There’s got to be some symbolism—if not irony–in the fact that just as the last of the 33,000 troops surged by Obama two years ago supposedly to pacify Afghanistan pulled out, the highest ranking Chinese official to visit Afghanistan in almost half a century pulled in—arriving in Kabul for a secret round of meetings with top Afghan officials.
Question: How will China deal with the country that proved such an expensive and bloody disaster for both the U.S., its NATO allies–and the U.S.S.R before them?
In a brief visit, unreported until he had left Kabul, Zhou Younkang, China’s chief of domestic security, met with Afghani leaders, including President Hamid Karzai. They talked about drugs, international crime, terrorism, and developing Afghanistan’s huge natural resources—just as visiting Americans have done for years.
The result, a cluster of agreements, among them an announcement that 300 Afghan police officers will be sent to China for training over the next four years.
Which is another irony of sorts—coming at the same time as news that the U.S. and its allies have been obliged to scale back joint operations with the Afghan military and police, because they can no longer trust the men they’ve trained. American troops in the field with their Afghan allies now keep weapons ready and wear body armor even when they’re eating goat meat and yoghurt.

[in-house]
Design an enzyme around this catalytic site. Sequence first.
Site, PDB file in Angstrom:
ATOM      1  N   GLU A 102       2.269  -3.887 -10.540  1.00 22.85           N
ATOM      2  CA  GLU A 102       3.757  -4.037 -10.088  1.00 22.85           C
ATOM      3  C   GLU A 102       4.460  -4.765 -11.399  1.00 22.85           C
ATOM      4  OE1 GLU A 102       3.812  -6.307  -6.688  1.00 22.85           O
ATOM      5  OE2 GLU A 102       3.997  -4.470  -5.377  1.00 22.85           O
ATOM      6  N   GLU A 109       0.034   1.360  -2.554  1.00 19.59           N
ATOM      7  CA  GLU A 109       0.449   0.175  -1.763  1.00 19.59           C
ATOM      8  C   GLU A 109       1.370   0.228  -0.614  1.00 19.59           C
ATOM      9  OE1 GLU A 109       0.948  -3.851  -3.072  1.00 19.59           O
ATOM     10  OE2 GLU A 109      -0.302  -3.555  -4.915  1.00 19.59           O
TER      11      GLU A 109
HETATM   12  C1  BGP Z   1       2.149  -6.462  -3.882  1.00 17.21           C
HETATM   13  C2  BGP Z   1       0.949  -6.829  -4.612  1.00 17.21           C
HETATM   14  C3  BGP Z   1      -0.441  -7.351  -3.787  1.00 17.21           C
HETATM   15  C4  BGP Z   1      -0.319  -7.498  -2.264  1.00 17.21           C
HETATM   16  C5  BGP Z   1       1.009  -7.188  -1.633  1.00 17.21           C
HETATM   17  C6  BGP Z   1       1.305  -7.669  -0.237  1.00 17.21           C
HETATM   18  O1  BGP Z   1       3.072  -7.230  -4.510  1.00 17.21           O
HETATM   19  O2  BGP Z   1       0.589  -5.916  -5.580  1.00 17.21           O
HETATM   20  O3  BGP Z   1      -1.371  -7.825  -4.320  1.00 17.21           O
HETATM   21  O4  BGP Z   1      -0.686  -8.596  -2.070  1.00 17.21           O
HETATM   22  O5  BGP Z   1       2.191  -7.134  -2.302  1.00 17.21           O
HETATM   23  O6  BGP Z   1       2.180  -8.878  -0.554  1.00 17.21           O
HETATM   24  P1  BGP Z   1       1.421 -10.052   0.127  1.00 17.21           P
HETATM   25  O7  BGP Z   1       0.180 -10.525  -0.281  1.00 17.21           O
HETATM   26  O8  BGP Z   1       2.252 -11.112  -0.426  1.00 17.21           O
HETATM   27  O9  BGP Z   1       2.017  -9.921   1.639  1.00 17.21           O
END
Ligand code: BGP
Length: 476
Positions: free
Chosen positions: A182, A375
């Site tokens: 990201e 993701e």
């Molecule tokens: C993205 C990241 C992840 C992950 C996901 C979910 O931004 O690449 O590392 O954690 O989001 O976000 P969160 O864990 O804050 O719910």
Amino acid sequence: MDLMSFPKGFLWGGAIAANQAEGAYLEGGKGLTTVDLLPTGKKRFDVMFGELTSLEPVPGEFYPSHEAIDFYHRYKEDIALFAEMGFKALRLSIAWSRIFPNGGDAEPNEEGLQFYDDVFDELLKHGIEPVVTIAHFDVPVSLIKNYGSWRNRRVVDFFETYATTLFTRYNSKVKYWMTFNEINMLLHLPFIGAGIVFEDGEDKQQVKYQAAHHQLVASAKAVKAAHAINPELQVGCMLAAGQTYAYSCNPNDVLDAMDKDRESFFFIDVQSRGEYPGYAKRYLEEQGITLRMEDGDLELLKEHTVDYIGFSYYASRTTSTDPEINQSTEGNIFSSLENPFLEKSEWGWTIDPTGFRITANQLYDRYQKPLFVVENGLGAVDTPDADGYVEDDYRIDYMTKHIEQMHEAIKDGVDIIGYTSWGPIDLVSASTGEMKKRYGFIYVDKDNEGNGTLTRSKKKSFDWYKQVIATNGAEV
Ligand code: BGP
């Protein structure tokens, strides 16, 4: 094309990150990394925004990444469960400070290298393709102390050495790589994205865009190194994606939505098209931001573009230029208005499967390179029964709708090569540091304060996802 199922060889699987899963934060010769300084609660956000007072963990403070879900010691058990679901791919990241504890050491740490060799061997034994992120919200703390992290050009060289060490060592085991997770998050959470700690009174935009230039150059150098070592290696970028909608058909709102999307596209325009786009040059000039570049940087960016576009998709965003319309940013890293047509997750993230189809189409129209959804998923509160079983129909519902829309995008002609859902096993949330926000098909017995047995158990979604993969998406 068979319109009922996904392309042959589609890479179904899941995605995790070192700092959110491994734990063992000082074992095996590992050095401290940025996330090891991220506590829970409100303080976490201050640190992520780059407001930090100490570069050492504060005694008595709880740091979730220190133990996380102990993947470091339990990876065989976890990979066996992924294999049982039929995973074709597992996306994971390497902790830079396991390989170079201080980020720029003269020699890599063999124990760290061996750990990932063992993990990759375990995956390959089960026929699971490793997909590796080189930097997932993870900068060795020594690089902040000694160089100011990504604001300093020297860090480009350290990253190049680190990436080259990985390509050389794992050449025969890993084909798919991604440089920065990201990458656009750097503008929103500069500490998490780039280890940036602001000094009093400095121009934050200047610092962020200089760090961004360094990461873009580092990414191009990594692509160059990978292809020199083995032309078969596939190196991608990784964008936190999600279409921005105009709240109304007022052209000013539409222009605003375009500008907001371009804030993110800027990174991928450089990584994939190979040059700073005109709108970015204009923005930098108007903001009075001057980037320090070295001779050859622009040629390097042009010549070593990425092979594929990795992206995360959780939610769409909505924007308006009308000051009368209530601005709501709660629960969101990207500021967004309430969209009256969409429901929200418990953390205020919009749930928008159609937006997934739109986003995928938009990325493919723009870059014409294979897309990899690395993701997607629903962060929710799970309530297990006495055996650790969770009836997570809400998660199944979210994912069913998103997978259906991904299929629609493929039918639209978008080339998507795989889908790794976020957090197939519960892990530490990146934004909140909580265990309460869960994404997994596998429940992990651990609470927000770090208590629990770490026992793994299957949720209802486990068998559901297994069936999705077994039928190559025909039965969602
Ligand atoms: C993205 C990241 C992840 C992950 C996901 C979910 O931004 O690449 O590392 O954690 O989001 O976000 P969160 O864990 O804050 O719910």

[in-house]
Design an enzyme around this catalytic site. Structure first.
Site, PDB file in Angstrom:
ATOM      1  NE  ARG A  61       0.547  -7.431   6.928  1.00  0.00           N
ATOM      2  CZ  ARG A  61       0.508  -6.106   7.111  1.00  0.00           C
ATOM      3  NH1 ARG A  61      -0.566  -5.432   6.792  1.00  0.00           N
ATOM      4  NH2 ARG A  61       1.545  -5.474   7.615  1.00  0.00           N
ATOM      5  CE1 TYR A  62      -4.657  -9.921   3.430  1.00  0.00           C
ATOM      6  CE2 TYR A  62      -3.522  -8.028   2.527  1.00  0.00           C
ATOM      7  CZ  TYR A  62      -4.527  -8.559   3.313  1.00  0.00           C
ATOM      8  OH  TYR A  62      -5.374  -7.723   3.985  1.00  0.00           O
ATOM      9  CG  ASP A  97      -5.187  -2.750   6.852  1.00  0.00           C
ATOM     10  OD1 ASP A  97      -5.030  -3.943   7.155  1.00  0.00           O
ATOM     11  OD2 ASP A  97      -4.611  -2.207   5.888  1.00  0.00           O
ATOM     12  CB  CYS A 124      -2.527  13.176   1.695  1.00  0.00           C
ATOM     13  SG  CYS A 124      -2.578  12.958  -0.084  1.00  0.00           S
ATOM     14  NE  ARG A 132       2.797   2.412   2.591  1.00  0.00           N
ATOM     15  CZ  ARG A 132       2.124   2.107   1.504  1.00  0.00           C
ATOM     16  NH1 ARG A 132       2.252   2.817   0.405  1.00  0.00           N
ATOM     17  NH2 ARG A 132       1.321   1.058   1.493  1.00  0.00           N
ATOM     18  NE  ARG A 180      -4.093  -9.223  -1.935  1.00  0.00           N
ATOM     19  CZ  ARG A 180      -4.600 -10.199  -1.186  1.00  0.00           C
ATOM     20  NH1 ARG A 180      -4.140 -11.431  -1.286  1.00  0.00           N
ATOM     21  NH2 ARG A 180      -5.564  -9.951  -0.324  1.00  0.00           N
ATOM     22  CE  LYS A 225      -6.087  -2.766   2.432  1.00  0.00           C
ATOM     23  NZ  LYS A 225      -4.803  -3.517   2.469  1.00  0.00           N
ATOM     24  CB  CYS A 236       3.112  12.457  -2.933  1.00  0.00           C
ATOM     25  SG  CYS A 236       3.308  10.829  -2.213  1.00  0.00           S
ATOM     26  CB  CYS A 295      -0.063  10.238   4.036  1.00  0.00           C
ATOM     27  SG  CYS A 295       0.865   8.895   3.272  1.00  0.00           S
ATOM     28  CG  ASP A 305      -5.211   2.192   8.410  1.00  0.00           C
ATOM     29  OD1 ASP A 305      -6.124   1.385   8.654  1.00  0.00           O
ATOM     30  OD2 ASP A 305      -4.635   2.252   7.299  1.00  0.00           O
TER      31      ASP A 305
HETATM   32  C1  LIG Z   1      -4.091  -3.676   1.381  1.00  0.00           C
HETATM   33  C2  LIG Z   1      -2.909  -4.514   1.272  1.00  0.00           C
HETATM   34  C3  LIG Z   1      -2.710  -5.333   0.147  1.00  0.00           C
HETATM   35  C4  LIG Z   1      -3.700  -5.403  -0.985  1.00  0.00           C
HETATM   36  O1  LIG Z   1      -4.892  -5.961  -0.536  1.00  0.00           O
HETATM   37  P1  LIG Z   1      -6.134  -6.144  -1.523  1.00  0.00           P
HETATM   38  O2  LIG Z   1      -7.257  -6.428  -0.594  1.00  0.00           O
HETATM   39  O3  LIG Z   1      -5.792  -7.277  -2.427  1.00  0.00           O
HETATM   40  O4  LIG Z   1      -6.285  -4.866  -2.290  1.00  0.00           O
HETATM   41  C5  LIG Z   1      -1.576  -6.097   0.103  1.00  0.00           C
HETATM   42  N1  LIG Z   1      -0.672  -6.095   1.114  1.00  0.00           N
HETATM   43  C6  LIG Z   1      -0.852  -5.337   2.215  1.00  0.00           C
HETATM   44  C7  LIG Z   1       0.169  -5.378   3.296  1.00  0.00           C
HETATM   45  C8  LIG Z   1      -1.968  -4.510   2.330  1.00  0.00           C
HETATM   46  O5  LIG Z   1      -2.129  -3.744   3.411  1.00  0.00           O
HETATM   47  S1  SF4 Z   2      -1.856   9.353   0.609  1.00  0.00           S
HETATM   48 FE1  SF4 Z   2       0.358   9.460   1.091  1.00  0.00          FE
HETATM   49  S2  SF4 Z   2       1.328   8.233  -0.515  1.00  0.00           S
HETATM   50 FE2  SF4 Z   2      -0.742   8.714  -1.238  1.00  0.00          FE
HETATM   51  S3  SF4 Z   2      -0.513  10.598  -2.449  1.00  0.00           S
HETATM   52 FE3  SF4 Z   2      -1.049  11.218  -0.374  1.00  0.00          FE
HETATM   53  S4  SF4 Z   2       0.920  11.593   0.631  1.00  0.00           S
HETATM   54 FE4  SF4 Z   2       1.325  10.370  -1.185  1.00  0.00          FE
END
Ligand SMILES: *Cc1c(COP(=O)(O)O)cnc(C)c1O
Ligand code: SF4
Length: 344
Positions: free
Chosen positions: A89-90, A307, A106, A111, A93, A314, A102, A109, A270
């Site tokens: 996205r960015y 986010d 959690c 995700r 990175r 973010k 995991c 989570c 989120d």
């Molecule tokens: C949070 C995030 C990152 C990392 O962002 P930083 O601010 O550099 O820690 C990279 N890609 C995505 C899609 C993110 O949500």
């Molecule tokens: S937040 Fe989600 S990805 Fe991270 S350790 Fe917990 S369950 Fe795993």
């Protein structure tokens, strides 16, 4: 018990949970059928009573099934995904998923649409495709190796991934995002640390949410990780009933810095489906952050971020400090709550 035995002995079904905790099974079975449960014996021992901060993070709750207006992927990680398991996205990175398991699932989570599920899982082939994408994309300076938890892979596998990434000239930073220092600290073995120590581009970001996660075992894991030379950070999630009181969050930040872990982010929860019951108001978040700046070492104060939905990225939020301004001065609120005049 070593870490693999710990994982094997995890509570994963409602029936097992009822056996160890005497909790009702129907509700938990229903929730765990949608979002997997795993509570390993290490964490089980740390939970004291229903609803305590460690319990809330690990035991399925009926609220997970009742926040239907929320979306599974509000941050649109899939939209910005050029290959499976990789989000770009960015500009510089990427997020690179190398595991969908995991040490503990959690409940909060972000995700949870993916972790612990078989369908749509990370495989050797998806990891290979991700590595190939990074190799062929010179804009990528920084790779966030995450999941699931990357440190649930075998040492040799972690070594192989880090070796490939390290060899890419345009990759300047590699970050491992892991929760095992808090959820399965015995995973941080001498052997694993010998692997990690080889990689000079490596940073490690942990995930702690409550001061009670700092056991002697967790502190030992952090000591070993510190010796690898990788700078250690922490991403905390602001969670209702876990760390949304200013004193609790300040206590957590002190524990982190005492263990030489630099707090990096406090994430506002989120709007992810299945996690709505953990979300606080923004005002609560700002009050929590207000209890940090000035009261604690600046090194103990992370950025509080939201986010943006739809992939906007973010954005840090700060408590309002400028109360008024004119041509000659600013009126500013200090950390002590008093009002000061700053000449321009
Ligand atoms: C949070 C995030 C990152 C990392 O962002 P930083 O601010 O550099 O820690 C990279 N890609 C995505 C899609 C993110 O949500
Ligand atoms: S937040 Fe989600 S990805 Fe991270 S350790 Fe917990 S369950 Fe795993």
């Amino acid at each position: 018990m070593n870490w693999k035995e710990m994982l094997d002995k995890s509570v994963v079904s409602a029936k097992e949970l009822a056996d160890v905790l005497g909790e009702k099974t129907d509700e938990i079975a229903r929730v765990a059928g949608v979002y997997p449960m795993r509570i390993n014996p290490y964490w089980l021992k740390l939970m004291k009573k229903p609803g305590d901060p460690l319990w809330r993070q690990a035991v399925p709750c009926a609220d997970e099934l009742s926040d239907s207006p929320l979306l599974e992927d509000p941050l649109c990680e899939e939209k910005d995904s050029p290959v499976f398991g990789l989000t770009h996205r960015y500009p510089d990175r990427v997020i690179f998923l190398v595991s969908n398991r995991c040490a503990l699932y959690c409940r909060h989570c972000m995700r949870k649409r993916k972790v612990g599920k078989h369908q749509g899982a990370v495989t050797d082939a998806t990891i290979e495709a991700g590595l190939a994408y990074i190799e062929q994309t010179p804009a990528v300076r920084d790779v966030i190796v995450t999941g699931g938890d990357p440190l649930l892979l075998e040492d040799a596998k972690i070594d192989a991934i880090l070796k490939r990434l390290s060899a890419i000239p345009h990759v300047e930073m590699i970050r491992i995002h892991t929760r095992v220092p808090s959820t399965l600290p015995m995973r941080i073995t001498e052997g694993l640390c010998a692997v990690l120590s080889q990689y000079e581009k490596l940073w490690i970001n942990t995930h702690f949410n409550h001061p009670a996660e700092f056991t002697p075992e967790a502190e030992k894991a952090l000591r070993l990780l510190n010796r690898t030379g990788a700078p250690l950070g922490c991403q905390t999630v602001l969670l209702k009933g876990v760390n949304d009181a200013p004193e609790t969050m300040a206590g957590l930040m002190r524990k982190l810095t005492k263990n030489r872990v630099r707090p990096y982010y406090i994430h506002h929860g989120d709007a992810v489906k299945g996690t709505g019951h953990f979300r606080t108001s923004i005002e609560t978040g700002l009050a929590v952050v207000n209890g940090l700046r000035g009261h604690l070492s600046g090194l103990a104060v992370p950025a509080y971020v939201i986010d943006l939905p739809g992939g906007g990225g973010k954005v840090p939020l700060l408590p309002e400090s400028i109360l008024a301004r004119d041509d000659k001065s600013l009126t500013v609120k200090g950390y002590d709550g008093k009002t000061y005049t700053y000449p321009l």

So far this year 51 American and NATO troops have been gunned down by Afghan military or police: a startling 20% of all NATO casualties this year.
The off-the-wall video from California ridiculing the prophet Mohammed has only further fueled anti-American hatred.
As the New York Times quoted one 20 year old Afghan soldier, NATO casualties could even be higher.
“We would have killed many of them already,” he said, “but our commanders are cowards and don’t let us.”